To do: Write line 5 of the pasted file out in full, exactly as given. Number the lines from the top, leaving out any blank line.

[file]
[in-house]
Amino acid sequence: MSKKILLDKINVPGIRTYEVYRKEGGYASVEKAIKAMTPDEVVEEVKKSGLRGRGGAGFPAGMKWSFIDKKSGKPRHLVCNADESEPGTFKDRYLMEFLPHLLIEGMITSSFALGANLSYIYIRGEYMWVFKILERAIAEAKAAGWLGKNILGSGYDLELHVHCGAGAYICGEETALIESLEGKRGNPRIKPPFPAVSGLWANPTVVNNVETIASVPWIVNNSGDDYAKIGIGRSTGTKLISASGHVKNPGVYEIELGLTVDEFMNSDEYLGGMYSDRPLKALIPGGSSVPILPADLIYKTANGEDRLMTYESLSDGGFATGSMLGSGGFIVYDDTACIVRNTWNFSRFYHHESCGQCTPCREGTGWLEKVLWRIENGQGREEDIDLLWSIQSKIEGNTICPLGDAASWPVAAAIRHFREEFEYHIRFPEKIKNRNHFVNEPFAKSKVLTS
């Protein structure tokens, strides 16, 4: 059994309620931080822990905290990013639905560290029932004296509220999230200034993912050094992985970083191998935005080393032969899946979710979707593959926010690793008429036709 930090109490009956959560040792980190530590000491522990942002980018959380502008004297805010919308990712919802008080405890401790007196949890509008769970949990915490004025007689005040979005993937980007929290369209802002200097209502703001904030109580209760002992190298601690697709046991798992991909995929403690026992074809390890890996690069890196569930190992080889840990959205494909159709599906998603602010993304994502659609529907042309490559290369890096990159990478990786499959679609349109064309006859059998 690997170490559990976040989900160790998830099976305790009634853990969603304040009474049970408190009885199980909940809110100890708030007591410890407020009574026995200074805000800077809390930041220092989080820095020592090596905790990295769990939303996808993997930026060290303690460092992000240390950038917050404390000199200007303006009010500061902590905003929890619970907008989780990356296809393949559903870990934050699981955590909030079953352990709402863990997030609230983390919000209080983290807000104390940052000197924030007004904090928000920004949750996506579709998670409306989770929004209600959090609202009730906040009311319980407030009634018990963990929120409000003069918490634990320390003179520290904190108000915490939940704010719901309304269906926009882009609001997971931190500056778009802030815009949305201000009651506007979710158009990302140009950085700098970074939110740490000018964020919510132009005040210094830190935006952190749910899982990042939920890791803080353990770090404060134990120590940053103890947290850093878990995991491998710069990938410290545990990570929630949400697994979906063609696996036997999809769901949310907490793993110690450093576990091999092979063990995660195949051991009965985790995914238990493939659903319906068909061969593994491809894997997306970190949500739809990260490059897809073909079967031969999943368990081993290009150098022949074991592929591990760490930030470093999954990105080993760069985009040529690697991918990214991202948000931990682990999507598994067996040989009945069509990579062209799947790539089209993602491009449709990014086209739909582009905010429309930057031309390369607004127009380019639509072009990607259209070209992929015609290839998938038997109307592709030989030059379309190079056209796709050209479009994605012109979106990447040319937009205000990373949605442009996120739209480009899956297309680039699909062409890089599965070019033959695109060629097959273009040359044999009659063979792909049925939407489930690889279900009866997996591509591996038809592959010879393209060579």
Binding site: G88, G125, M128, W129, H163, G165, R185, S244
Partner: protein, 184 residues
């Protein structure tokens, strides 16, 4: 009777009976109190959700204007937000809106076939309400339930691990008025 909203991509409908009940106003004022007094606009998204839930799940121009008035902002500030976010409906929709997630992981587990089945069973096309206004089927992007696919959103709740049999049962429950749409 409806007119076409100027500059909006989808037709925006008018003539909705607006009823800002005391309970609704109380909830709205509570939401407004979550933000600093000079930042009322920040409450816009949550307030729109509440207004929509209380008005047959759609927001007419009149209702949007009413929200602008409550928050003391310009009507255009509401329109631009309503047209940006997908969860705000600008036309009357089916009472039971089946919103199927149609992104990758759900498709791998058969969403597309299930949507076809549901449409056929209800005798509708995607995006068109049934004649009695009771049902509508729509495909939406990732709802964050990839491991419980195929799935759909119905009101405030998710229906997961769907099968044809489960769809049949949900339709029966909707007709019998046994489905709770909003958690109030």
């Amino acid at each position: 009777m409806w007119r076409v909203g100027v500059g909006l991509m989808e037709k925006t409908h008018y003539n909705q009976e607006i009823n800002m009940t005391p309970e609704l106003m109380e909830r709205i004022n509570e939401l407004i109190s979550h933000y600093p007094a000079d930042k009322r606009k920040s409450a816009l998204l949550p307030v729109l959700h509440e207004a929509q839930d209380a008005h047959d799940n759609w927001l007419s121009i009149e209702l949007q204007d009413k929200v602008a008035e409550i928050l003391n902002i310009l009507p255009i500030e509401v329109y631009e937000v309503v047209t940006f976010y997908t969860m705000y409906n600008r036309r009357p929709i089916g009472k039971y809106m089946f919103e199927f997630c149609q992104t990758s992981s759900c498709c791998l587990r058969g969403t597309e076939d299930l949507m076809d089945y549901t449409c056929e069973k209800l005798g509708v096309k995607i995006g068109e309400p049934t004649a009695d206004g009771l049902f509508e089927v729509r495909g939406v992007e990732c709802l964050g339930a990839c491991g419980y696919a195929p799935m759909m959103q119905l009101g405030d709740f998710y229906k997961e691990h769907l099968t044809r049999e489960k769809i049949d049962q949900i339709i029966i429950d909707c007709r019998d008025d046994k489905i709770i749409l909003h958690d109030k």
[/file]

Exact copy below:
Partner: protein, 184 residues